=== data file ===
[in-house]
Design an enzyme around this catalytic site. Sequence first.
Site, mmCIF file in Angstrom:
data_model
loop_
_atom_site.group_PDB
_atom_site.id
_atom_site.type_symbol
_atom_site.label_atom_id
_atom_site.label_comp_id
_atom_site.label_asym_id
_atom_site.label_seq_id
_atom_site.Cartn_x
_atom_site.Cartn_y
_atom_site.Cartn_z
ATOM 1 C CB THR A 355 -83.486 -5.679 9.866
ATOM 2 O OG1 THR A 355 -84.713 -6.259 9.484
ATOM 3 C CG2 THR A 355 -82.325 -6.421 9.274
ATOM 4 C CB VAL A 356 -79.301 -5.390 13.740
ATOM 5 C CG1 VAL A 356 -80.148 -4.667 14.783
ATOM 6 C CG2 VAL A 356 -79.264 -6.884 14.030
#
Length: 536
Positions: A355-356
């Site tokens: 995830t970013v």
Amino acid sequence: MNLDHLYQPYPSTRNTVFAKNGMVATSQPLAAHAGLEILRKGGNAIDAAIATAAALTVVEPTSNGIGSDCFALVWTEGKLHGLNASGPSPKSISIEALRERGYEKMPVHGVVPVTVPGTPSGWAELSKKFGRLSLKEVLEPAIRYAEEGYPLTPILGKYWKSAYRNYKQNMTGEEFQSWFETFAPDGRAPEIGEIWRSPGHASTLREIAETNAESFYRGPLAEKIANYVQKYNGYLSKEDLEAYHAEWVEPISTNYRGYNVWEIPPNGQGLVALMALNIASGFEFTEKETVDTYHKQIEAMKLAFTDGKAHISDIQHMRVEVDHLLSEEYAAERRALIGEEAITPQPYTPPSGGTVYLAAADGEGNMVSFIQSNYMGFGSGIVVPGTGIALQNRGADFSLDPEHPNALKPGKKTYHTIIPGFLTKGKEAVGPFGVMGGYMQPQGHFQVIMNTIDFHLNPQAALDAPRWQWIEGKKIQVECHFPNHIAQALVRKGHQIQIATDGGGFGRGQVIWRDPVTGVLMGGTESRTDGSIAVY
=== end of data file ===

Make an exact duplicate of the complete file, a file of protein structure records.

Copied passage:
[in-house]
Design an enzyme around this catalytic site. Sequence first.
Site, mmCIF file in Angstrom:
data_model
loop_
_atom_site.group_PDB
_atom_site.id
_atom_site.type_symbol
_atom_site.label_atom_id
_atom_site.label_comp_id
_atom_site.label_asym_id
_atom_site.label_seq_id
_atom_site.Cartn_x
_atom_site.Cartn_y
_atom_site.Cartn_z
ATOM 1 C CB THR A 355 -83.486 -5.679 9.866
ATOM 2 O OG1 THR A 355 -84.713 -6.259 9.484
ATOM 3 C CG2 THR A 355 -82.325 -6.421 9.274
ATOM 4 C CB VAL A 356 -79.301 -5.390 13.740
ATOM 5 C CG1 VAL A 356 -80.148 -4.667 14.783
ATOM 6 C CG2 VAL A 356 -79.264 -6.884 14.030
#
Length: 536
Positions: A355-356
């Site tokens: 995830t970013v």
Amino acid sequence: MNLDHLYQPYPSTRNTVFAKNGMVATSQPLAAHAGLEILRKGGNAIDAAIATAAALTVVEPTSNGIGSDCFALVWTEGKLHGLNASGPSPKSISIEALRERGYEKMPVHGVVPVTVPGTPSGWAELSKKFGRLSLKEVLEPAIRYAEEGYPLTPILGKYWKSAYRNYKQNMTGEEFQSWFETFAPDGRAPEIGEIWRSPGHASTLREIAETNAESFYRGPLAEKIANYVQKYNGYLSKEDLEAYHAEWVEPISTNYRGYNVWEIPPNGQGLVALMALNIASGFEFTEKETVDTYHKQIEAMKLAFTDGKAHISDIQHMRVEVDHLLSEEYAAERRALIGEEAITPQPYTPPSGGTVYLAAADGEGNMVSFIQSNYMGFGSGIVVPGTGIALQNRGADFSLDPEHPNALKPGKKTYHTIIPGFLTKGKEAVGPFGVMGGYMQPQGHFQVIMNTIDFHLNPQAALDAPRWQWIEGKKIQVECHFPNHIAQALVRKGHQIQIATDGGGFGRGQVIWRDPVTGVLMGGTESRTDGSIAVY